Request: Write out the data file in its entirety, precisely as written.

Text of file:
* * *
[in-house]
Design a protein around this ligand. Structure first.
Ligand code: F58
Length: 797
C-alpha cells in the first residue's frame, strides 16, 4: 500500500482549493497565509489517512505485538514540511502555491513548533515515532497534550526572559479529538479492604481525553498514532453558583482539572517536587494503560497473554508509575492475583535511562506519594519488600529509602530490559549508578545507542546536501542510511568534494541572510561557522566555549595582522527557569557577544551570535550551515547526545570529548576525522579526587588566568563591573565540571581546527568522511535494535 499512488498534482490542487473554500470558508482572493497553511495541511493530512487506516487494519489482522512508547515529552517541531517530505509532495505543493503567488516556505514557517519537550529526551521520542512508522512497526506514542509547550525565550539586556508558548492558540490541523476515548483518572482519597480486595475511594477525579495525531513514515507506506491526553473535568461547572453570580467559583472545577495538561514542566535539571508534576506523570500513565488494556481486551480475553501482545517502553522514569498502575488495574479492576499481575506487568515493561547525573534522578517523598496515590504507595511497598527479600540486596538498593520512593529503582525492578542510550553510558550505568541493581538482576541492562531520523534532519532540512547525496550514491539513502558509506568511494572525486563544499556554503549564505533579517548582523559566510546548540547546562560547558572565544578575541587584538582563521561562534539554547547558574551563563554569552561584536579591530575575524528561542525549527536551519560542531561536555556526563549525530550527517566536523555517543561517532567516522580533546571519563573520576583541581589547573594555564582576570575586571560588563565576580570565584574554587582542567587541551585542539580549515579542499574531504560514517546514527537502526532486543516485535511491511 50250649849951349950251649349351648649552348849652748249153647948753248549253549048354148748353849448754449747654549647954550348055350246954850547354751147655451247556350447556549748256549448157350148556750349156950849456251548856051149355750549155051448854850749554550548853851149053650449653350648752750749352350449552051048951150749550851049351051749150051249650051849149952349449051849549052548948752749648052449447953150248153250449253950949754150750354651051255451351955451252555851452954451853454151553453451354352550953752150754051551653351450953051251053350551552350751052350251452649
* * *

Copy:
[in-house]
Design a protein around this ligand. Structure first.
Ligand code: F58
Length: 797
C-alpha cells in the first residue's frame, strides 16, 4: 500500500482549493497565509489517512505485538514540511502555491513548533515515532497534550526572559479529538479492604481525553498514532453558583482539572517536587494503560497473554508509575492475583535511562506519594519488600529509602530490559549508578545507542546536501542510511568534494541572510561557522566555549595582522527557569557577544551570535550551515547526545570529548576525522579526587588566568563591573565540571581546527568522511535494535 499512488498534482490542487473554500470558508482572493497553511495541511493530512487506516487494519489482522512508547515529552517541531517530505509532495505543493503567488516556505514557517519537550529526551521520542512508522512497526506514542509547550525565550539586556508558548492558540490541523476515548483518572482519597480486595475511594477525579495525531513514515507506506491526553473535568461547572453570580467559583472545577495538561514542566535539571508534576506523570500513565488494556481486551480475553501482545517502553522514569498502575488495574479492576499481575506487568515493561547525573534522578517523598496515590504507595511497598527479600540486596538498593520512593529503582525492578542510550553510558550505568541493581538482576541492562531520523534532519532540512547525496550514491539513502558509506568511494572525486563544499556554503549564505533579517548582523559566510546548540547546562560547558572565544578575541587584538582563521561562534539554547547558574551563563554569552561584536579591530575575524528561542525549527536551519560542531561536555556526563549525530550527517566536523555517543561517532567516522580533546571519563573520576583541581589547573594555564582576570575586571560588563565576580570565584574554587582542567587541551585542539580549515579542499574531504560514517546514527537502526532486543516485535511491511 50250649849951349950251649349351648649552348849652748249153647948753248549253549048354148748353849448754449747654549647954550348055350246954850547354751147655451247556350447556549748256549448157350148556750349156950849456251548856051149355750549155051448854850749554550548853851149053650449653350648752750749352350449552051048951150749550851049351051749150051249650051849149952349449051849549052548948752749648052449447953150248153250449253950949754150750354651051255451351955451252555851452954451853454151553453451354352550953752150754051551653351450953051251053350551552350751052350251452649